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Vermont state leaders came together at the statehouse to publicly apologize Saturday afternoon for a dark chapter in the state’s history.Elected officials apologized for the state’s eugenics surveys that were conducted in the 1930s.During that time, people with disabilities, Native Americans and other minority groups were all targets of state-sanctioned eugenics practices, which focused on sterilization, segregation and institutionalization of any Vermonter who was deemed “less than”.Chief Don Stevens of the Nulhegan Abenaki Tribe said he wishes his ancestors could have been here to hear the state’s apology.”I wish my grandmother was here to see it because she was affected by this and changed her name several times to avoid the sterilization program because she was actually in the eugenics survey. So for me, I’m glad (the state apologized). I think it’s due. I wish (my grandmother) could have been here,” Stevens said. Several of the Native American Tribes that attended the public apology said they appreciate the state’s acknowledgment of its wrongdoings, adding that they now want to move forward.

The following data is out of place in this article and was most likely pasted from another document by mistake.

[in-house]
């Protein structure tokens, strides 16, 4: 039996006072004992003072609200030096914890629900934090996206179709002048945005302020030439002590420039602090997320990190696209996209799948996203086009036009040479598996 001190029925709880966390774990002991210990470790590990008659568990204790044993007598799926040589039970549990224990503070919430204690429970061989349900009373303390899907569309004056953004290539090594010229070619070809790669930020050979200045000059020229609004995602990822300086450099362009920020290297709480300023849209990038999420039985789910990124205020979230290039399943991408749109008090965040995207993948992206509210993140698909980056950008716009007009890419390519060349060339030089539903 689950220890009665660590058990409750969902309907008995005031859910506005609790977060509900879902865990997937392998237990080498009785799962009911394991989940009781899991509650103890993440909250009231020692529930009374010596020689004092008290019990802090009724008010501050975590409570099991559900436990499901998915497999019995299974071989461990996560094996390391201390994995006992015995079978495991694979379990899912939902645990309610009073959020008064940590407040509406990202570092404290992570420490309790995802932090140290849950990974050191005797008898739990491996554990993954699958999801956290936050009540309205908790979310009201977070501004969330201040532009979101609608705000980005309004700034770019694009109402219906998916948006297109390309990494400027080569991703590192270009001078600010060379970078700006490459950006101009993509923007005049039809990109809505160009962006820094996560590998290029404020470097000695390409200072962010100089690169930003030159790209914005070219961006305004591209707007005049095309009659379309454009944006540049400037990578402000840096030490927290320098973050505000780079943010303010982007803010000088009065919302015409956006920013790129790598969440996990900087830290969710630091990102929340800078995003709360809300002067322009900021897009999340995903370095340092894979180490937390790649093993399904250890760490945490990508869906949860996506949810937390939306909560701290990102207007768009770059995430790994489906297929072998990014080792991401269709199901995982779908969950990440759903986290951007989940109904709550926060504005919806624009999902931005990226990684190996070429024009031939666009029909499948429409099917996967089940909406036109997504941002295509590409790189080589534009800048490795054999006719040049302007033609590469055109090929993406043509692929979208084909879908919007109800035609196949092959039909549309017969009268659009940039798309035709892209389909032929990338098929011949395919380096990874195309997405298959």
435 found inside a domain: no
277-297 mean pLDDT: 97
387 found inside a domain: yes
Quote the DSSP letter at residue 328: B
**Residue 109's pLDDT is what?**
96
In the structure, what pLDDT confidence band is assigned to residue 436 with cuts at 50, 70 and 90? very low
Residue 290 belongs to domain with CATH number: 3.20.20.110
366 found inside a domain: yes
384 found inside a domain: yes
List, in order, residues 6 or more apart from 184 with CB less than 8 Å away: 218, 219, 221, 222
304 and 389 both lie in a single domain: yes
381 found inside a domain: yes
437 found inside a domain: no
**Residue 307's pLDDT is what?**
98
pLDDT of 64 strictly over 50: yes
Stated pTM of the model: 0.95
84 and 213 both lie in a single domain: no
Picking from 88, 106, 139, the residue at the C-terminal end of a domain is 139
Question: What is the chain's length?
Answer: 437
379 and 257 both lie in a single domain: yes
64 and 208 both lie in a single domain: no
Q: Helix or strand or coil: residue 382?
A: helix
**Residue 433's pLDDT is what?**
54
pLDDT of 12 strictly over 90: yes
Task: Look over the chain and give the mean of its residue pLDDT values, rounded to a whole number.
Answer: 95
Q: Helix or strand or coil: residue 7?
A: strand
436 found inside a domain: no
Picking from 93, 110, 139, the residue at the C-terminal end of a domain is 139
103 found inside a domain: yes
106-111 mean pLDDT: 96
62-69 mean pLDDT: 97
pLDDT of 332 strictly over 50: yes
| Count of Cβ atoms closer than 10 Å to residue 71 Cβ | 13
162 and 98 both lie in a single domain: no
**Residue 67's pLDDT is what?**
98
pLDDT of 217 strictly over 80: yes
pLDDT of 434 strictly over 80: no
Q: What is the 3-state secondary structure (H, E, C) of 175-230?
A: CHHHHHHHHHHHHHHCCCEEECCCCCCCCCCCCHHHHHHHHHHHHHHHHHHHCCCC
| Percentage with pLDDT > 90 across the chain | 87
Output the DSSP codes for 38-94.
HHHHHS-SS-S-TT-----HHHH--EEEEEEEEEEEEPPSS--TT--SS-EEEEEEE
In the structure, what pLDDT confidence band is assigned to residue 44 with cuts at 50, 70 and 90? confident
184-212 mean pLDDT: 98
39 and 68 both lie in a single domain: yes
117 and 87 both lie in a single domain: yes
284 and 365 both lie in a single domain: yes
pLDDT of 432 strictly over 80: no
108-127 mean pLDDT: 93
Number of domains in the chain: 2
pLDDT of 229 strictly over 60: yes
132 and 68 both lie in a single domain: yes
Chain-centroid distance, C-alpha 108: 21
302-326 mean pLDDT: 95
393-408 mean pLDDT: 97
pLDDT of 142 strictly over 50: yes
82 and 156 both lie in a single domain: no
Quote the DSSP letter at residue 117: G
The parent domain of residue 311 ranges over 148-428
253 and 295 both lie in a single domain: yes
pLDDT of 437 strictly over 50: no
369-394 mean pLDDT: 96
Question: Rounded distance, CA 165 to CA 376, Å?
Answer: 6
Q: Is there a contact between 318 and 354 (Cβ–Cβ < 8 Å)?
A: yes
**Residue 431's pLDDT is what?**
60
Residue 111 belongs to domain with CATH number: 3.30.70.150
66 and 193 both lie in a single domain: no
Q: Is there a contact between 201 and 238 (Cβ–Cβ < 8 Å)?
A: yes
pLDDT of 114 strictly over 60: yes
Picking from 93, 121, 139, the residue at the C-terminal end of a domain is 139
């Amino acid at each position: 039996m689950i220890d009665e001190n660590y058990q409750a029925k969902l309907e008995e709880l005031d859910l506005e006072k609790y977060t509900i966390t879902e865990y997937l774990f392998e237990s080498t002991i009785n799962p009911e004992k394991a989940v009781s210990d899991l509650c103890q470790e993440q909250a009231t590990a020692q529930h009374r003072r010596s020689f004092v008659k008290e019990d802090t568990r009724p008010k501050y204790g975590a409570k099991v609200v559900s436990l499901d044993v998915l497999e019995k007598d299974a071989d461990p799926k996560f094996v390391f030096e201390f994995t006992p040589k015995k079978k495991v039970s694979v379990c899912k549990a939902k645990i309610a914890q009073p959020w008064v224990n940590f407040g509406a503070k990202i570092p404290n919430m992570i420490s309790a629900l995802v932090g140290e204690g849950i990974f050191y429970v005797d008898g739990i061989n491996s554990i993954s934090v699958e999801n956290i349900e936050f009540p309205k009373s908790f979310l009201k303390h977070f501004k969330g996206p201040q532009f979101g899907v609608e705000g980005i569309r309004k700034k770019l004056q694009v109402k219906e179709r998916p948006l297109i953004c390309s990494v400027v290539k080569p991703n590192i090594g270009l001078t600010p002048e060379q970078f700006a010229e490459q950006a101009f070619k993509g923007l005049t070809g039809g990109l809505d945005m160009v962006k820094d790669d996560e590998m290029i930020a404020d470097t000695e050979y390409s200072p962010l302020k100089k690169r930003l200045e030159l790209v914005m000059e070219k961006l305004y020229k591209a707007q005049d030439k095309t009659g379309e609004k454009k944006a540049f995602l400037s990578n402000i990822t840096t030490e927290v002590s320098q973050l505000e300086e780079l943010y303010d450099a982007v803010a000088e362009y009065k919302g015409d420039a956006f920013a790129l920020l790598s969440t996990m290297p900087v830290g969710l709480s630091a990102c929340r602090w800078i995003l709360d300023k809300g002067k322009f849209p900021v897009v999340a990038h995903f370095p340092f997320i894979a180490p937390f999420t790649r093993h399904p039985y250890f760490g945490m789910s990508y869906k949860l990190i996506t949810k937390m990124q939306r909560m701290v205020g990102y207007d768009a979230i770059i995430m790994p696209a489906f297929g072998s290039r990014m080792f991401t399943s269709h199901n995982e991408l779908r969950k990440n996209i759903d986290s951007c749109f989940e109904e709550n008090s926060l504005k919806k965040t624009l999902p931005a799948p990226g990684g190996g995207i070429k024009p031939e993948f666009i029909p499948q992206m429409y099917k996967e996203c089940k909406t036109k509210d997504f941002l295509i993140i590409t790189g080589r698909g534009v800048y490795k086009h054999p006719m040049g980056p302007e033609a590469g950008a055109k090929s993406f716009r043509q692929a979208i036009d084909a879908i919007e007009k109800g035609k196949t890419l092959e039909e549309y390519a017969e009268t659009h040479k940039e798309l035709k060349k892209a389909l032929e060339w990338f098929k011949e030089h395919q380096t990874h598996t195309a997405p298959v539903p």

Vermont state leaders came together at the statehouse to publicly apologize Saturday afternoon for a dark chapter in the state’s history.

Elected officials apologized for the state’s eugenics surveys that were conducted in the 1930s.

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During that time, people with disabilities, Native Americans and other minority groups were all targets of state-sanctioned eugenics practices, which focused on sterilization, segregation and institutionalization of any Vermonter who was deemed “less than”.

Chief Don Stevens of the Nulhegan Abenaki Tribe said he wishes his ancestors could have been here to hear the state’s apology.

“I wish my grandmother was here to see it because she was affected by this and changed her name several times to avoid the sterilization program because she was actually in the eugenics survey. So for me, I’m glad (the state apologized). I think it’s due. I wish (my grandmother) could have been here,” Stevens said.

Several of the Native American Tribes that attended the public apology said they appreciate the state’s acknowledgment of its wrongdoings, adding that they now want to move forward.

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